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In the wake of Eurozone crisis, is a common currency still viable for EA?

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Kenya, Uganda and Tanzania currencies. Initial efforts by the East African Community to reach a common position on rolling out a single currency for the region have run into hurdles. File

Kenya, Uganda and Tanzania currencies. Initial efforts by the East African Community to reach a common position on rolling out a single currency for the region have run into hurdles. File 

By COSMAS BUTUNYI

Posted  Sunday, October 30  2011 at  18:27
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To the East African Community, the European Union has been like an elder sibling: The perfect role model to its regional integration campaign and the embodiment of what it hopes to achieve.

Last year, the EAC Council of Ministers turned to the European Central Bank to conduct a study on the establishment of a Monetary Union which involved designing a draft protocol.

Lately though, the EU is turning out to be a source of sobering lessons on the risks that could be visited upon the EAC member states by forming a monetary union.

The Eurozone is currently grappling with a debt crisis in some of its member countries that has sucked in the entire 27 member bloc.

As the crisis rages on, opinion is split over whether the EAC, which has set 2012 as the target for establishing a monetary union, and other African regional economic communities such as the Southern African Development Community interested in going down that road, should go ahead with their plans.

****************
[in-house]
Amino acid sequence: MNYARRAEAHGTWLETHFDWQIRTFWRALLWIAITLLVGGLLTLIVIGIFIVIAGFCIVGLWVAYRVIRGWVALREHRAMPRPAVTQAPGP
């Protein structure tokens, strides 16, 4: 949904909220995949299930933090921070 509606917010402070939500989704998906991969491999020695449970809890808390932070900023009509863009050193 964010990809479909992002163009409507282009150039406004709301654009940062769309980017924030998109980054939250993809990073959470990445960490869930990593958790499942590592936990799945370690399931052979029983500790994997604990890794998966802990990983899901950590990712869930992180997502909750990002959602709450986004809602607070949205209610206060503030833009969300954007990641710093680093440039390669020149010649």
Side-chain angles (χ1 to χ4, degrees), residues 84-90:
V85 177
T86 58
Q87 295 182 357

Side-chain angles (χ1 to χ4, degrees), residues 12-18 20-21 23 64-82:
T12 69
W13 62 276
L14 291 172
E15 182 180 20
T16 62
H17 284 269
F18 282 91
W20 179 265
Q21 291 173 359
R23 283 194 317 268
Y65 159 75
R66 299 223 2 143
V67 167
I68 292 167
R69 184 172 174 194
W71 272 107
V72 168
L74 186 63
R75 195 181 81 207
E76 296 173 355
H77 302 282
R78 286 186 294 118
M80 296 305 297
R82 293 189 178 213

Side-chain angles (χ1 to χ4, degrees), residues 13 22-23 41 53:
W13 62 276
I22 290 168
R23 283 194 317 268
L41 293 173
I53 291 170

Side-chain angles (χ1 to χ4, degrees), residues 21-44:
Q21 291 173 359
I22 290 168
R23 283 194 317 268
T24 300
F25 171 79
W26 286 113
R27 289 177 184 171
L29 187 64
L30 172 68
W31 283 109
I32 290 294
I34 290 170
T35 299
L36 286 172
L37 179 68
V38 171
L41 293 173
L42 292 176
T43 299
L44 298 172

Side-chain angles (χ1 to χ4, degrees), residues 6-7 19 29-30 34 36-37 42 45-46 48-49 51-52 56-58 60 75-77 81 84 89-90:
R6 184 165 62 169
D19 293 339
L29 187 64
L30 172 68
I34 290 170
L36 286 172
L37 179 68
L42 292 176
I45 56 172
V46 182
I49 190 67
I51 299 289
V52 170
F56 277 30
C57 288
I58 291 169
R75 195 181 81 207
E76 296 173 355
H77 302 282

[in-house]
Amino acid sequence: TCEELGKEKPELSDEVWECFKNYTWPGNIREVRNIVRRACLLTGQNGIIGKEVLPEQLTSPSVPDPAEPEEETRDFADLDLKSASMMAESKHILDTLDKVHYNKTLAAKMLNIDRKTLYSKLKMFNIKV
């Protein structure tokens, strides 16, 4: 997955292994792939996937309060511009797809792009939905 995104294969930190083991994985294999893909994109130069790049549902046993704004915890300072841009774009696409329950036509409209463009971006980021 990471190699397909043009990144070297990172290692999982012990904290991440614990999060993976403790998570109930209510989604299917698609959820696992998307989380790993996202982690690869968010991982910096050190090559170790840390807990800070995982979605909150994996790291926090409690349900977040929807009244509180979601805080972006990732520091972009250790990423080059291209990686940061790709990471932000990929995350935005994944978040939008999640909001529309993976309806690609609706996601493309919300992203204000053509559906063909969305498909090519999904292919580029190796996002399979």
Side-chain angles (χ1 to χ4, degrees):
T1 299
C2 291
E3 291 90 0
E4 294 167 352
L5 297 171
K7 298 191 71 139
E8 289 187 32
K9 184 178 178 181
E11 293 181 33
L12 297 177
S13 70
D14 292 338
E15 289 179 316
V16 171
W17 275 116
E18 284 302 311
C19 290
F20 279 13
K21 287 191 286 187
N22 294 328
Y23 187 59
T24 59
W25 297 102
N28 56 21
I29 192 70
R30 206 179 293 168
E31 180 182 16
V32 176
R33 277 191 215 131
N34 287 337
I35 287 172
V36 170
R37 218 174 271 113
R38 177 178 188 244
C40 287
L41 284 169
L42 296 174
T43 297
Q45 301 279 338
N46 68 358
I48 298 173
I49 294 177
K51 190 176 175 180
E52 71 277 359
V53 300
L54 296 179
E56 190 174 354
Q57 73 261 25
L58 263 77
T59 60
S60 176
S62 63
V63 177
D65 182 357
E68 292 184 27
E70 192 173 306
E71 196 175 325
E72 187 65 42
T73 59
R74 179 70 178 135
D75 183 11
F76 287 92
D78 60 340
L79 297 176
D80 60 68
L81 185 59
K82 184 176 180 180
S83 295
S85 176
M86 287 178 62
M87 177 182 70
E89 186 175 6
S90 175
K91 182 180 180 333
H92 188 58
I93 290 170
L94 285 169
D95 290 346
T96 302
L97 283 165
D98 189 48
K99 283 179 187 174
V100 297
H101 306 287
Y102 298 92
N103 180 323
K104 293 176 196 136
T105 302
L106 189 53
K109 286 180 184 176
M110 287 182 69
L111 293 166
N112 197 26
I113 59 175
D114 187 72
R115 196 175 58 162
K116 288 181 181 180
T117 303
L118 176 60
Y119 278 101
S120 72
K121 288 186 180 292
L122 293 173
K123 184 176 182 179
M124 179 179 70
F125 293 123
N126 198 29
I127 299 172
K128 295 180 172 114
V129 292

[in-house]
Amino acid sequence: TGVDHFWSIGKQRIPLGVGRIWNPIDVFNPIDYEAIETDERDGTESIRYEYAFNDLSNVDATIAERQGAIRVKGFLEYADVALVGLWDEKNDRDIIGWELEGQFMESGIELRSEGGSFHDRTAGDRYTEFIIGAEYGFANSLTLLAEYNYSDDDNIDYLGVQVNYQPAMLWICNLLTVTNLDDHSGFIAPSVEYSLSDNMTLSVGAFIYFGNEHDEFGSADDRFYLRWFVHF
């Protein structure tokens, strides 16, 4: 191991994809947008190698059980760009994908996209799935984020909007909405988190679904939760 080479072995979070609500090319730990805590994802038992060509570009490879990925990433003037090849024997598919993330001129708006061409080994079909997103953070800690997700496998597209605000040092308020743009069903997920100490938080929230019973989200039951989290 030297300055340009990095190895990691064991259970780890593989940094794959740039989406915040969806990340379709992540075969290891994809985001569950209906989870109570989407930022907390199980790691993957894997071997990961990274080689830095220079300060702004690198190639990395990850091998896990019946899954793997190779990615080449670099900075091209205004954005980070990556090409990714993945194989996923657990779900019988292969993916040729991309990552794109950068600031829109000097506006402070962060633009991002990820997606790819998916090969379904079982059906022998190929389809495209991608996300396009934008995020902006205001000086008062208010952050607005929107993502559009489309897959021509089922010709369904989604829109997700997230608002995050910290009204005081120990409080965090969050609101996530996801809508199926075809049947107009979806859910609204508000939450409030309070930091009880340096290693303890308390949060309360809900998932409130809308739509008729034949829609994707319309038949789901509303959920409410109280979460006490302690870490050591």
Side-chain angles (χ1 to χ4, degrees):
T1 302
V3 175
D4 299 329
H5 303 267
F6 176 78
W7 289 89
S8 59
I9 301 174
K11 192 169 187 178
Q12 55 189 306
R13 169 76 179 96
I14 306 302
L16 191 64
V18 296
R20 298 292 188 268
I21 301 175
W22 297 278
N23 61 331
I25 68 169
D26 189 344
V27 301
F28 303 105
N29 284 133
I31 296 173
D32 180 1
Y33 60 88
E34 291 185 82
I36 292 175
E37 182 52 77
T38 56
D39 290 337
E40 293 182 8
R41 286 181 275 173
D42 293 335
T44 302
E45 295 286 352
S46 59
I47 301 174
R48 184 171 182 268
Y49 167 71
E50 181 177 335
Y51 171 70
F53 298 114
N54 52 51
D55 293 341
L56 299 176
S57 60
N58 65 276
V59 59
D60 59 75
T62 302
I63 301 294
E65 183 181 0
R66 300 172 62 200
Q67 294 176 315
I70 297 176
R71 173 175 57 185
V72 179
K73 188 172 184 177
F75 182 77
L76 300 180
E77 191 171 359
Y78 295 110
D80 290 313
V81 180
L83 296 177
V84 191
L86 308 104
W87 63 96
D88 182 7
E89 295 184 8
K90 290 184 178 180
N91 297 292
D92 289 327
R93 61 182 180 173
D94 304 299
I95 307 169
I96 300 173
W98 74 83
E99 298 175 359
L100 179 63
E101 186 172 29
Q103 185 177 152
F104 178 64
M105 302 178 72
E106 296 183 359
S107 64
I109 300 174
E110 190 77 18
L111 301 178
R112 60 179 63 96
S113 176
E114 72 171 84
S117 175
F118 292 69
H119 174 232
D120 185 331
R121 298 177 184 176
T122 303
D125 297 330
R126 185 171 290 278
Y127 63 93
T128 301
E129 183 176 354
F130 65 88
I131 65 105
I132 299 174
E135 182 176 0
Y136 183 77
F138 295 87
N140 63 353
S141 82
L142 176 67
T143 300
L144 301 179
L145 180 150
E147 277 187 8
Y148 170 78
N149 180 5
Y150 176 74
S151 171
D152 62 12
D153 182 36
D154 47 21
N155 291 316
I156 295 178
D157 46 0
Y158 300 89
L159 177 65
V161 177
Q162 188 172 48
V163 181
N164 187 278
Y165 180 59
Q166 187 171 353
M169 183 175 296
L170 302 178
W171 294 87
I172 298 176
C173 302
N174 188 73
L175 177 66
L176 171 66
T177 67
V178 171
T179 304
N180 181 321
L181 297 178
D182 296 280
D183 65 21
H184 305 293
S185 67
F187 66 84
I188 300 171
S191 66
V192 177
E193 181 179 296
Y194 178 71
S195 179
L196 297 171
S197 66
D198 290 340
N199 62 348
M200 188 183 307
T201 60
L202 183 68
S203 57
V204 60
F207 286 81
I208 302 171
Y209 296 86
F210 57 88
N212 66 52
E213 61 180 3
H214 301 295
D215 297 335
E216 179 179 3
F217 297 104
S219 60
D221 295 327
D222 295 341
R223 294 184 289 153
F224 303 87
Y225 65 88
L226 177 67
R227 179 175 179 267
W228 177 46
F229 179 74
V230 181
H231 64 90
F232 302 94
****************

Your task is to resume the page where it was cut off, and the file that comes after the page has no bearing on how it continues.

Prof Gilbert Khadiagala, head of the department of International Relations at the University of the Witwatersrand in Johannesburg, says that the EU’s woes should force a reconsideration of East Africa’s ‘politically-driven fast-track integration’ which has not been thought through.

“Politicians talk about common currency and monetary union without thinking clearly about how this will be achieved, so I think the EU crisis is a wake-up call to the bureaucrats and politicians who dream of fast-tracking,” Prof Khadiagala said.

He argues that regional integration at the moment, should focus more on trade expansion and infrastructure co-ordination rather than ‘the more dangerous phase of monetary and currency coordination’.

According to him, the existing arrangements for co-ordination of currencies by central banks to facilitate regional trade are enough. A common currency would make countries answerable to a central authority, usually the head of the regional central bank, who would be the custodian of monetary policy.
However, Prof Calestous Juma, an expert in international development at Harvard University in the US contends that it would be illogical to argue that a common currency would not work for East Africa simply because Europe is experiencing difficulties with its integration efforts.

“This is not to argue that East Africa will not have its own challenges.

In fact, the introduction of the Customs Union has initial teething problems many of which have been ironed out,” Prof Juma adds.

He insists that a common currency is workable in the EAC, since it would not be an entirely new concept.

“The region had a common currency before and so there is a historical basis for monetary integration provided it is accompanied by fiscal integration,” he says.

This is in reference to the original EAC, which was established in 1967 but was disbanded a decade later.

It is in that same period soon after independence that Prof Khadiagala sees circumstances that are somewhat similar to what is unfolding in the present.

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